In our last post we discussed all the symptoms new moms frequently experience after childbirth. The most common complaint we see in the clinic is urinary incontinence and abdominal weakness or separation (diastasis recti).
- Cut yourself some slack, you just had a baby. I had to keep reminding myself to inhale, exhale, and relax.
- Start by gently engaging your abs to remind your body how to find them and keep them activated after being stretched and deactivated for 9 months.
- Here is a three step process to engaging your abs:
- Pull your lower belly in without arching your back or bearing down.
- Think about engaging your pelvic floor by lifting up in the perineum (space between the vagina and anal opening); another way to think about it is “stopping the flow of urine midstream”
- Think about drawing your ribs in slightly and knitting them closer together without arching your back.
Number 1 question I get is “when will it return to normal?” and my response is usually anywhere from 6-12 weeks if you had an uncomplicated pregnancy/delivery. The second question I get is “how often do I have to do this routine?” and the answer to that question is ANYTIME and ANYWHERE. The goal is to get these muscles to turn on and remember what they were once capable of doing. After you find these muscles and are able to engage them voluntarily then you can start to perform gentle exercises.
If it feels like you’re trying to operate someone else’s body, don’t get discouraged. I realized right after having my son that even though I teach these principles and knew how to engage my pelvic floor, there was a huge disconnect and nothing was quite like it used to be. I was able to engage my abs but not my pelvic floor and sometimes vice versa. It took me almost 4 weeks of practicing to be able to engage all three components of the core simultaneously.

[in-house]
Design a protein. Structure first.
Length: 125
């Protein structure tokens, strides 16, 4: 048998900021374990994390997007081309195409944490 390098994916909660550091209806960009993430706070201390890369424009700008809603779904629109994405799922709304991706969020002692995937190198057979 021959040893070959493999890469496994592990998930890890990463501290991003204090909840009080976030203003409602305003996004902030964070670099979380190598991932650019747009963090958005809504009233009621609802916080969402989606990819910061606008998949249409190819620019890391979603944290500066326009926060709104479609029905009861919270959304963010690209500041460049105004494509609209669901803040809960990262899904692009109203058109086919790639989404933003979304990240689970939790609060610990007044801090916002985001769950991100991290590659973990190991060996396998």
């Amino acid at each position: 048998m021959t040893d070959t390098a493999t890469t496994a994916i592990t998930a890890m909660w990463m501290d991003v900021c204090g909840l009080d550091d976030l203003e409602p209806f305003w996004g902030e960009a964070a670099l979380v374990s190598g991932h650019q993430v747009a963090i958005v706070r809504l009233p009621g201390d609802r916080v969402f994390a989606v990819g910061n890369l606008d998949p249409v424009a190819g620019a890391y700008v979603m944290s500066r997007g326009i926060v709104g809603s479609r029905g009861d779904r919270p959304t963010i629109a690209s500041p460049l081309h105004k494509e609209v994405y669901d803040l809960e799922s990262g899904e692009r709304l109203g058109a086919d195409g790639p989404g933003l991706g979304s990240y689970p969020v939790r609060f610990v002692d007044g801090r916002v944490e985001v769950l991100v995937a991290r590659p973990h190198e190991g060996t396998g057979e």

If you are having trouble engaging your abdominals you may want to skip the baby boot-camp class and focus on increasing your control in the abdominals/core as these are the fundamental basics to getting stronger.
Yes, you read that right—in the first weeks post-partum, before you think about strapping junior into the BOB and going for a jog, or busting out that Insanity DVD, be sure you can identify, engage, and hold your core and pelvic floor in the three-step process identified above. Boring? Maybe. But, hey, what else are you doing during that 20-minute pumping session, or in line at the grocery, or while waiting for that bottle to warm?
By performing steps 1-3 you will be engaging your core and strengthening accessory muscles to help your pelvic floor strength. This will all help you return to running, cycling, and other high level activities without leaking (or limping) your way to the finish line. Read on for Part 3 of this three-part series to see what you do next after you have successfully identified and engaged your pelvic floor and abdominal muscles.